This post is written by Mai Barakrat, an Informa Telecoms & Media analyst
When I first read the statistic, I wasn’t quite sure what to make of it. The country has low mobile-SIM penetration: At end-3Q12 the figure was 94.93%, compared with the Middle East average of 104.80% for the same period. Lebanon also has some of the highest prices in the region: ARPU was US$37 at end-3Q12, against a Middle East average of US$14.58. The country’s high ARPU is due to prices rather than usage.
My initial thought was that people were buying smartphones because of the prestige attached to ownership, rather than for the devices’ functionality. They have the phone, but they don’t have a mobile broadband subscription, a cultural phenomenon that is very much evident in Lebanon.
But a bit more research into this smartphone statistic made me realize that growing smartphone use in Lebanon is another indicator of the untapped demand for Internet connection in the country, and that smartphones are becoming the de facto way to access the Internet for a large and growing percentage of the population.
Users are proving willing to pay what on the face of it are unaffordable prices to be able to access sites such as Facebook and Twitter, and to use messaging apps like WhatsApp and BlackBerry Messenger on a mobile and easy-to-use interface.
This shouldn’t come as a shock when considering the socioeconomic conditions in Lebanon. The country has a large population of young people, who are very tech savvy and westernized in their interests. And, of course, the status that comes with having a smartphone and being able to use all the popular apps is an important driving force for take-up.
What’s particularly noteworthy is that this demand is being tackled in a different way from the norm. Prices are not dropping, but operators are increasing efforts to ensure quality of service:
- In September, both Touch and Alfa Mobile upgraded their networks in a bid to tackle mobile-connectivity problems. The operators were commissioned by the Lebanese government to build 400 new base stations and install 1,200 antennas across the country.
- The Telecommunications Ministry recently announced that fourth-generation mobile networks were ready for deployment when the need to upgrade arises.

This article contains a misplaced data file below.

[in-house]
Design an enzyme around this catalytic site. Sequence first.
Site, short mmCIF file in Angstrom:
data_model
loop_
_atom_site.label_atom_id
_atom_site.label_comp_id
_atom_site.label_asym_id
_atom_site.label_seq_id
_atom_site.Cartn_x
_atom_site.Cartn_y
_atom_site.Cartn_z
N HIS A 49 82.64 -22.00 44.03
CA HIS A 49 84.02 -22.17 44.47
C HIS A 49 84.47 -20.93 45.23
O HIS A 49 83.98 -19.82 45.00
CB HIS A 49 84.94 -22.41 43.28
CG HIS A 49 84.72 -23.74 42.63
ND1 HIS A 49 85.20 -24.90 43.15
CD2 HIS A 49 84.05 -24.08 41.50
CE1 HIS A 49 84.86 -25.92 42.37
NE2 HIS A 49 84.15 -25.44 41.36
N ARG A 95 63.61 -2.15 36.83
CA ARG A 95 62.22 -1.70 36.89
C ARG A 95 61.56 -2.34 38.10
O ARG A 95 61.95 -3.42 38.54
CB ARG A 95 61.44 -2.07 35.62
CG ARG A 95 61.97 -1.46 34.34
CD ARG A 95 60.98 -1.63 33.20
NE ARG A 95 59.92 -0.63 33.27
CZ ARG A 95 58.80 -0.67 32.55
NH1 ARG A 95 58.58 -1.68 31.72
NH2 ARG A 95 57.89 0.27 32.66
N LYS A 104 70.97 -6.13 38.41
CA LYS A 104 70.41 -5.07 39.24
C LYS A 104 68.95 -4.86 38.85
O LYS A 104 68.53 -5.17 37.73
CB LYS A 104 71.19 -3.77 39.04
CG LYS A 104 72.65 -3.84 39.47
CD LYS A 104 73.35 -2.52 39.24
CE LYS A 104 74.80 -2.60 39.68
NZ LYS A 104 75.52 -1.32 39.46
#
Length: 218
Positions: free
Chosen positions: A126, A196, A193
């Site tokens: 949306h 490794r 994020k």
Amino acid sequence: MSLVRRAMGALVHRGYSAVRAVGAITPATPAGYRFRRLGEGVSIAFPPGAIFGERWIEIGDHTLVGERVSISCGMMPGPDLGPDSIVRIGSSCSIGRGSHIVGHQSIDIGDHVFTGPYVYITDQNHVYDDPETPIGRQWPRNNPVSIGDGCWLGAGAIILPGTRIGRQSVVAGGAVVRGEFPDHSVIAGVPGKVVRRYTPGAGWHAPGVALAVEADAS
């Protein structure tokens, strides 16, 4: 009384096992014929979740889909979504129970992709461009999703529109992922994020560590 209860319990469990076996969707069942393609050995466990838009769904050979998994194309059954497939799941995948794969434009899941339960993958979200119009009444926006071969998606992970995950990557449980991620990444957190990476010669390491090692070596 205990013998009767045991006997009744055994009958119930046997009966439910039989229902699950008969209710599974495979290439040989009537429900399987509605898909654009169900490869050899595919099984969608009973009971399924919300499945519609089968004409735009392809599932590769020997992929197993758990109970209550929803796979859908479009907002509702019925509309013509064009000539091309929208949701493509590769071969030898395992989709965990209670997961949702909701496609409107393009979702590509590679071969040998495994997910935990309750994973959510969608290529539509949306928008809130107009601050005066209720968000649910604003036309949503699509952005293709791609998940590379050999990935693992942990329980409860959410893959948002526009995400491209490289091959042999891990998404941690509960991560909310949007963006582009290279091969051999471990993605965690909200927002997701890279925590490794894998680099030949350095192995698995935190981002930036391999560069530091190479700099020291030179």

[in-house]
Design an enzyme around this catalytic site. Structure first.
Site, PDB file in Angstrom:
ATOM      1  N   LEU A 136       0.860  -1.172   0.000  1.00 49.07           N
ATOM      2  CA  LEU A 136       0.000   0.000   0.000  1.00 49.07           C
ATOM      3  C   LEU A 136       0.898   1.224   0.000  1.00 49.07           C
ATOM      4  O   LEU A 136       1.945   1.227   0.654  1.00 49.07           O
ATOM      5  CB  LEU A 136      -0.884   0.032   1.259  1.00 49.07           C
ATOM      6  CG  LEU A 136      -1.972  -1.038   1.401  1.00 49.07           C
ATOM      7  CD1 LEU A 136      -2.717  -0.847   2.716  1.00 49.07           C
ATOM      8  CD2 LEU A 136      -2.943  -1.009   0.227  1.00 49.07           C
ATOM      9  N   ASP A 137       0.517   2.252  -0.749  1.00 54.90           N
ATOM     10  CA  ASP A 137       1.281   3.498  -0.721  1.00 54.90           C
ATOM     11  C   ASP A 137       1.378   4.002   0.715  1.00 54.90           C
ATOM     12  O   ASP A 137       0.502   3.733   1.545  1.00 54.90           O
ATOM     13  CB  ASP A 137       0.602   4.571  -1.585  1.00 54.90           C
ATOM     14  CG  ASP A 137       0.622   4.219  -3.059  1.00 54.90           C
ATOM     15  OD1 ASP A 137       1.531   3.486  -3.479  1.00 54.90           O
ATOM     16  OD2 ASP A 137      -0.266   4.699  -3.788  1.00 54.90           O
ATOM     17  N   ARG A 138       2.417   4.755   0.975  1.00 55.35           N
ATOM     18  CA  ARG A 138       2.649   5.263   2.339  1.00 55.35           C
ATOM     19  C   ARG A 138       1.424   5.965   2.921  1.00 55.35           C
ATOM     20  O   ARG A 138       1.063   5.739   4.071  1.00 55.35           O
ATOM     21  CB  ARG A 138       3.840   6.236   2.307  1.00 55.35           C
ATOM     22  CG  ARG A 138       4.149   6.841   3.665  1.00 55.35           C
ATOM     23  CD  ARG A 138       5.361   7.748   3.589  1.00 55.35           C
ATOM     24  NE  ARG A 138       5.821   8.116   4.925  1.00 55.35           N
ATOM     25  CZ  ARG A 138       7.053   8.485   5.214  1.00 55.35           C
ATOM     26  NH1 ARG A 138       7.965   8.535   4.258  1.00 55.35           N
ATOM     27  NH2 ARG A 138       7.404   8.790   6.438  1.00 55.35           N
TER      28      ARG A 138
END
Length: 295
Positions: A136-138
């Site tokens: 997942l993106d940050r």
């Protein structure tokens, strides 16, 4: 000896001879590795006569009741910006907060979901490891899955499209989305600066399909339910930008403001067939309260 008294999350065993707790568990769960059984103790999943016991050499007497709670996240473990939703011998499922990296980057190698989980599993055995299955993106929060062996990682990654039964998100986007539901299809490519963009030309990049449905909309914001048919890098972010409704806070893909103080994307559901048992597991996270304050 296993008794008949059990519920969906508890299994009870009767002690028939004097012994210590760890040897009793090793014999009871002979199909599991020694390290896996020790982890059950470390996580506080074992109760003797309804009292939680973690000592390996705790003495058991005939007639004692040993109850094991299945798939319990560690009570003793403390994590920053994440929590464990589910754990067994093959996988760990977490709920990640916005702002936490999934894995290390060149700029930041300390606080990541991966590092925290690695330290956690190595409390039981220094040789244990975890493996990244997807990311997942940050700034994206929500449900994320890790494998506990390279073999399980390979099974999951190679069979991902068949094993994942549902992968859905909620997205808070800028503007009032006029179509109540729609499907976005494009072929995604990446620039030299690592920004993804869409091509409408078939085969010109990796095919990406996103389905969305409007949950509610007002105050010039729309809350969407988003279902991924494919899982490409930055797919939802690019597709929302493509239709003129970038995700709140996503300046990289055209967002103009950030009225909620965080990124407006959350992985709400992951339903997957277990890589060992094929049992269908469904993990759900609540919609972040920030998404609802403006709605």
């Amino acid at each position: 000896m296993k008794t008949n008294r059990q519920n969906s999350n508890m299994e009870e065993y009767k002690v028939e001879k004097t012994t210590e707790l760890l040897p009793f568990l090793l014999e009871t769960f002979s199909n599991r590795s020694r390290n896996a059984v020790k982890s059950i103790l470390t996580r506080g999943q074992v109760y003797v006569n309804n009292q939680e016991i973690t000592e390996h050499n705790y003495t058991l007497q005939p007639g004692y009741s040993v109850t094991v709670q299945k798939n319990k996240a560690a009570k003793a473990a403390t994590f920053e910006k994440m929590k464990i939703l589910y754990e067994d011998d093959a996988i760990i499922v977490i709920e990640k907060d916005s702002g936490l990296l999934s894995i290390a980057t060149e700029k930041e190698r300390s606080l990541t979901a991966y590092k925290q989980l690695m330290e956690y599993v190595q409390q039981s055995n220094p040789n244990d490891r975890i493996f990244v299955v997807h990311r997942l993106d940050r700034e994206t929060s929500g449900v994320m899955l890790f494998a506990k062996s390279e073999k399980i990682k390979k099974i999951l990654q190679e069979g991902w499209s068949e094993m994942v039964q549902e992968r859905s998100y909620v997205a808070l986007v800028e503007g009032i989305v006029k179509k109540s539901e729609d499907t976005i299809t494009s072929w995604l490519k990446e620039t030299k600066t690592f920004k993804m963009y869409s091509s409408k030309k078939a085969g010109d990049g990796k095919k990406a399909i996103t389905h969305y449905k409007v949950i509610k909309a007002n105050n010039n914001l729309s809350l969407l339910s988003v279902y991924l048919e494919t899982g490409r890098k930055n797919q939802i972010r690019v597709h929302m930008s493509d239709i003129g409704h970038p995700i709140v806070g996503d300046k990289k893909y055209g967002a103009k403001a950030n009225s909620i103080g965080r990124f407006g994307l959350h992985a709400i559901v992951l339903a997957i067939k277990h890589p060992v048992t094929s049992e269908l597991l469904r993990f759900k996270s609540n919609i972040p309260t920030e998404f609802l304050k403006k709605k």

- From a fixed side (mainly relating to connecting to Wi-Fi on handsets), submarine-cable capacity has increased 11 times in the past year. It is now 33Gbps, up from 3Gbps a year ago. And Mitsubishi Electric’s new India-Middle East-Western Europe (IMEWE) Cable Network, a 12,091km cable with 10 terminal stations, has just been completed. IMEWE is owned by a consortium of nine leading telecoms carriers in eight countries, one of which is Lebanon.
- What’s more, locally produced content is booming, spurring further Internet use among young people. The most recent example is the launch of Lebanese digital-music provider Anghami, the first mobile and Web music-streaming platform to be introduced in the Middle East.
Although ensuring high QoS for users and providing them with relevant content is inevitably going to ensure growth, the Lebanese market is still being held back by government control of the ICT sector, discouraging healthy price competition.
Both mobile operators are government-owned, as is most of the country’s fixed infrastructure, so there is no need to compete. As a result, mobile broadband prices are still more than double what they are in other Middle East markets. For example, the average 4GB mobile broadband package costs roughly US$14 in neighboring Jordan, whereas people in Lebanon pay US$79 for a 3GB plan.
Yet demand for Internet access is so high that subscribers will pay such prices, highlighting the unexploited potential of the Lebanese market if operators introduce competitively priced offers.